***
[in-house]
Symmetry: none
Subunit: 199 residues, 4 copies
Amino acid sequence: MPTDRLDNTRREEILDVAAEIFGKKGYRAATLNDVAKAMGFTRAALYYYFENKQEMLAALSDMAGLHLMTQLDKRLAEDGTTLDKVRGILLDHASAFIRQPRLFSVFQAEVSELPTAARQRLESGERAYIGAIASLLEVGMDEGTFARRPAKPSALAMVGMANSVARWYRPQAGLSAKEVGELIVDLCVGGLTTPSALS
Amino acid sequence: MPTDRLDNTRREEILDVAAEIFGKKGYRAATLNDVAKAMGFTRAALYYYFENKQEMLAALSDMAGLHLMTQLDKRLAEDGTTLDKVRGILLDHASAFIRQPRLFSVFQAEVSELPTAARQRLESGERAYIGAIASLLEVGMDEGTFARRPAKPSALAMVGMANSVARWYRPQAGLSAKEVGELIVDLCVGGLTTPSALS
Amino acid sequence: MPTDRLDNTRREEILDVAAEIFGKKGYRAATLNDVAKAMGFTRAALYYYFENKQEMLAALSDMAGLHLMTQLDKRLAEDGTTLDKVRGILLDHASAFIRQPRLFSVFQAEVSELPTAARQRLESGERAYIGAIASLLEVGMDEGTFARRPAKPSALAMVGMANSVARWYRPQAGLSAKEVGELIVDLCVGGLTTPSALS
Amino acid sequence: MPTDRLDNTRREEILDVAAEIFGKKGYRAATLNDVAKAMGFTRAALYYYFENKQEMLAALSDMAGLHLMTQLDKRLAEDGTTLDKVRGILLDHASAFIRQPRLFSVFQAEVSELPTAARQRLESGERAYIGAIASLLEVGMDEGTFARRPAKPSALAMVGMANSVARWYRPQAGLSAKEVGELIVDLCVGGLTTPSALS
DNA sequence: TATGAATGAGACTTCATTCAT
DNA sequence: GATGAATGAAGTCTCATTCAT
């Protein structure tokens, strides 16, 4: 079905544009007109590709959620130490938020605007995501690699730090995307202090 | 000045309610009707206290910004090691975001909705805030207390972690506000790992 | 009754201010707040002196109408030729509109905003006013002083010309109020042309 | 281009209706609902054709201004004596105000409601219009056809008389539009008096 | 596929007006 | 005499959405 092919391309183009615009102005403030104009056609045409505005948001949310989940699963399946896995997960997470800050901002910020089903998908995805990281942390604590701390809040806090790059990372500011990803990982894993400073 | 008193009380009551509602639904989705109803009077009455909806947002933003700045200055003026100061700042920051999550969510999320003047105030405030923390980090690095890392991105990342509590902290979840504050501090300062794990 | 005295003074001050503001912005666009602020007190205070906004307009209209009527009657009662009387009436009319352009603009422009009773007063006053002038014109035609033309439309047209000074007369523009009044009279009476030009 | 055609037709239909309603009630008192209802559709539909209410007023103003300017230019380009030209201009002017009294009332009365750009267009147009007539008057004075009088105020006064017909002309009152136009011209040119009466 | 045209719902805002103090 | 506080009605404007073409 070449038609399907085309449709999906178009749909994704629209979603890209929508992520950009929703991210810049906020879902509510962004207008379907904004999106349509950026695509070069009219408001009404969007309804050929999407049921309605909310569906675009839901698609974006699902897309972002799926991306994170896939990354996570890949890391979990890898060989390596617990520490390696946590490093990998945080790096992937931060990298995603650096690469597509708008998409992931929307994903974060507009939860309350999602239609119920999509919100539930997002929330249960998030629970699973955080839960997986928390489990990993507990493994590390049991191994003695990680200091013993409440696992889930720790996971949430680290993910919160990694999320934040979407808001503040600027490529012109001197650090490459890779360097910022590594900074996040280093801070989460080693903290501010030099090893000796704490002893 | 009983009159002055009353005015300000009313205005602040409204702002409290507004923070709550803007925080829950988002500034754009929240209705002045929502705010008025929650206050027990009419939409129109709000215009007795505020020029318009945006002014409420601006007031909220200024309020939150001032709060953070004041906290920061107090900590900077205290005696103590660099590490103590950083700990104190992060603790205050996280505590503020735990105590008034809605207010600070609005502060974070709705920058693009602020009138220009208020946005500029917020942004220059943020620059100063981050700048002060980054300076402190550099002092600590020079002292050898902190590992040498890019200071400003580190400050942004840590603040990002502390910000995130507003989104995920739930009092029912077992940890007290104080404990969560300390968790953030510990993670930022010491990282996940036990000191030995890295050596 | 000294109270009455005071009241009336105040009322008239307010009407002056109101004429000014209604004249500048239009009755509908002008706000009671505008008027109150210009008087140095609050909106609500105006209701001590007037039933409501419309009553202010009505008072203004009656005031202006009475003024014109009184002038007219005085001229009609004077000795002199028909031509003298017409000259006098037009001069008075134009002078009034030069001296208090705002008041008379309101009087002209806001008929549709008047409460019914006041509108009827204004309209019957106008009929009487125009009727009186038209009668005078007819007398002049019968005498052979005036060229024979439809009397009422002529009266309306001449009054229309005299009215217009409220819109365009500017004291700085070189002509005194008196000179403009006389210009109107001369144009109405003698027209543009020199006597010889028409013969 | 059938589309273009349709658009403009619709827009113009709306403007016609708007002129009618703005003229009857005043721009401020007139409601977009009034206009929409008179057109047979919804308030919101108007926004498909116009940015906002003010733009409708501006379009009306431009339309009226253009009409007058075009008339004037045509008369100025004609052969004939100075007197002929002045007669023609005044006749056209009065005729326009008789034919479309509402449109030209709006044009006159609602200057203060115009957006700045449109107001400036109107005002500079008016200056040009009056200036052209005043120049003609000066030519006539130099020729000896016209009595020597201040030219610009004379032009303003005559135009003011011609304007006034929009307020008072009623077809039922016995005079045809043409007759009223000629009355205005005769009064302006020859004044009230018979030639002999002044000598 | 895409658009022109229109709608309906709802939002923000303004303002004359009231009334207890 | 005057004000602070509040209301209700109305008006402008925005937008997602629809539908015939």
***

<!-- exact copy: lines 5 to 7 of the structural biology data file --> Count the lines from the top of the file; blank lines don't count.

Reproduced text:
Amino acid sequence: MPTDRLDNTRREEILDVAAEIFGKKGYRAATLNDVAKAMGFTRAALYYYFENKQEMLAALSDMAGLHLMTQLDKRLAEDGTTLDKVRGILLDHASAFIRQPRLFSVFQAEVSELPTAARQRLESGERAYIGAIASLLEVGMDEGTFARRPAKPSALAMVGMANSVARWYRPQAGLSAKEVGELIVDLCVGGLTTPSALS
Amino acid sequence: MPTDRLDNTRREEILDVAAEIFGKKGYRAATLNDVAKAMGFTRAALYYYFENKQEMLAALSDMAGLHLMTQLDKRLAEDGTTLDKVRGILLDHASAFIRQPRLFSVFQAEVSELPTAARQRLESGERAYIGAIASLLEVGMDEGTFARRPAKPSALAMVGMANSVARWYRPQAGLSAKEVGELIVDLCVGGLTTPSALS
Amino acid sequence: MPTDRLDNTRREEILDVAAEIFGKKGYRAATLNDVAKAMGFTRAALYYYFENKQEMLAALSDMAGLHLMTQLDKRLAEDGTTLDKVRGILLDHASAFIRQPRLFSVFQAEVSELPTAARQRLESGERAYIGAIASLLEVGMDEGTFARRPAKPSALAMVGMANSVARWYRPQAGLSAKEVGELIVDLCVGGLTTPSALS